There were some more projects up for display. [Osho Bajpai] had a demo of his “Smart Driving alert system” which detects if driver is falling sleep and wakes him up. [Sanju Mathew] demo’ed his prosthetic arm while [Supreet Joshi] showed off his “Smart Robotic Arm” which replicates the movements of a human arm using a smart glove. On display was also a remote controlled skate board driven by a BLDC motor controlled via the ESC. It was also interesting to see a bunch of school kids wheel in their chopper-inspired bicycle which is still work in progress. Those kids are learning a lot in the process such as ergonomics and welding. [Abdul] showed off a couple of devices he is working on to help harness tidal energy from coastal areas. The team from WiSense showed off some network connected environmental sensors. One measures soil moisture and temperature and transmits data via text message over GSM. This is aimed for use by Farmers and alerts them to water their farms at the right time. Another sensor worked as a tank level detector and controlled flow rate to prevent over flow.
Chopper inspired Bicycle, built by school kids
Remote controlled Skate Board
Drone gets some attention
Supreet Joshi’s Smart Robotic Arm
11 year old Nihar Thakker’s solar powered fan Cap
Smart Driving alert system
By this time, it was quite late in the evening, so folks spent the next hour looking up the various projects, talking and getting selfies taken using the OpenSelfie photobooth that I had set up. [Rishi Bhatnagar] from Workbench Projects, who set the whole event in motion, managed to archive the evening’s proceedings and you can watch the (long) video after the break.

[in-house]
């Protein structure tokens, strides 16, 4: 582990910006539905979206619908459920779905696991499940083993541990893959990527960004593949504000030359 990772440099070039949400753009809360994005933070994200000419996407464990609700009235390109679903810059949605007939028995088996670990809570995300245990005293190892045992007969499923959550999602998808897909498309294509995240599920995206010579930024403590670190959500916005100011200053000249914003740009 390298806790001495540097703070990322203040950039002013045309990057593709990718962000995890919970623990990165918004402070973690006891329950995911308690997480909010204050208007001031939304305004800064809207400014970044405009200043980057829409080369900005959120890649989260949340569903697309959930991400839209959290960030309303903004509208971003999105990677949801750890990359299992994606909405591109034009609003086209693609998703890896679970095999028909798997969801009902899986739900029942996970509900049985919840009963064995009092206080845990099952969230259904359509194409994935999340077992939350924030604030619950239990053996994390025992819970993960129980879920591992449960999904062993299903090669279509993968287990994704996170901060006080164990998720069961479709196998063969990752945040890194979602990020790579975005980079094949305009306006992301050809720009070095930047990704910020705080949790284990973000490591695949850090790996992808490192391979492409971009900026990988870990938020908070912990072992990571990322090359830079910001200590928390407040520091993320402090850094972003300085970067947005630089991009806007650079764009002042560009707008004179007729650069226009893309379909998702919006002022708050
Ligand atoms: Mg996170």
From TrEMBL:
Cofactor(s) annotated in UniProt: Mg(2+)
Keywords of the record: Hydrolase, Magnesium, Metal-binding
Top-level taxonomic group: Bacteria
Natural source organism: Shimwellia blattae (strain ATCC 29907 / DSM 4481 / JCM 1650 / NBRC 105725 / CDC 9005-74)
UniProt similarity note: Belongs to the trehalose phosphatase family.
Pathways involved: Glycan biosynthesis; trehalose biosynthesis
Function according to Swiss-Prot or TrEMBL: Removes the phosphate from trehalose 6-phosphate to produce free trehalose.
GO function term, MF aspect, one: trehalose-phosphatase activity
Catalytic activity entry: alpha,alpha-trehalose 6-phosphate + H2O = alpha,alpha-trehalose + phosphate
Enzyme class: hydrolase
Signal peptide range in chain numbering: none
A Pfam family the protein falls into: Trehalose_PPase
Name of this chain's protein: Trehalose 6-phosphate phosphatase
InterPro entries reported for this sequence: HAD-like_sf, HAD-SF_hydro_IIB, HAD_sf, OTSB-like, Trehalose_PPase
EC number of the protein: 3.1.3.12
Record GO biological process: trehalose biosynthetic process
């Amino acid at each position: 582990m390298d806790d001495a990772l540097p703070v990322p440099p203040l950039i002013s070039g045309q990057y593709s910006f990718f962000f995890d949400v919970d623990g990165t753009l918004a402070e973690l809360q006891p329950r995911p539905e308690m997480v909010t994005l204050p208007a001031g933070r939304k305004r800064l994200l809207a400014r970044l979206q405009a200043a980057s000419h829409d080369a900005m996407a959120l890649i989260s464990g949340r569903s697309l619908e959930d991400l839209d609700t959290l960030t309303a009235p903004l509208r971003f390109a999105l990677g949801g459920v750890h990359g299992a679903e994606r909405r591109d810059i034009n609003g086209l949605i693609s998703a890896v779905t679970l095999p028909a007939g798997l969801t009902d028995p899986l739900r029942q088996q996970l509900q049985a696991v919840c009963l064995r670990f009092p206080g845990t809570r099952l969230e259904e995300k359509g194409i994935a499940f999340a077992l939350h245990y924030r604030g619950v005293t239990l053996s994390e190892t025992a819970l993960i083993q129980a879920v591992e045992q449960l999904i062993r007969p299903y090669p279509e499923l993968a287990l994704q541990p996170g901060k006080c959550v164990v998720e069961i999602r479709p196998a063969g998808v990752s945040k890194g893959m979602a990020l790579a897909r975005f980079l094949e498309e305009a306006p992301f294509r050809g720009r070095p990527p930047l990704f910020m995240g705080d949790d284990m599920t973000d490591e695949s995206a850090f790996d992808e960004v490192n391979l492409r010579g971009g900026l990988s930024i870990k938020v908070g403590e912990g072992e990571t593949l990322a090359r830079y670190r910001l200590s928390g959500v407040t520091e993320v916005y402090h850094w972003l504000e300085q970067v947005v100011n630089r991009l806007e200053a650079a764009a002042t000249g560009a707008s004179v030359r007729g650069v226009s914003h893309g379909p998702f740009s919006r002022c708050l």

My wife Samata, with her LED necklace
We ran out of chairs – standing room in a packed house
Bangalore, India evokes different responses depending on whom you ask. Old timer’s remember it as the Pension/Retirement City (not any more though). For other’s, it’s the Silicon Valley of India. And some call it the start up capital of India. For me, though, it brings back fond old memories. This was the city where I got my first job after finishing College in Mumbai, at the princely sum of $20 a month way back in 1986.
A lot of water has flowed under the bridge since then, and next month will find me back there at another awesome Maker Space called Workbench Projects, talking about the Hackaday Prize and how we can get hackers here to solve some of our big issues. We have huge problems in all sorts of areas – Pollution, Water resources, Energy, Climate, Agriculture, Transportation, Education – the list is long.
On Saturday, May 2nd, at Workbench Projects hackerspace we will gather for “Bring-A-Hack @ Workbench Projects” to talk about our passion for making and hacking. We’ll discuss the 2015 Hackaday Prize which offers $500,000 in prizes for hackers who can build solutions to problems faced by a wide-range of people. What does that really mean? That’s one of the topics of the evening. Of course there will be plenty of time to show off your own hacks, ask for advice on difficult projects, and to socialize with everyone that attends. Please visit the event page for all the details.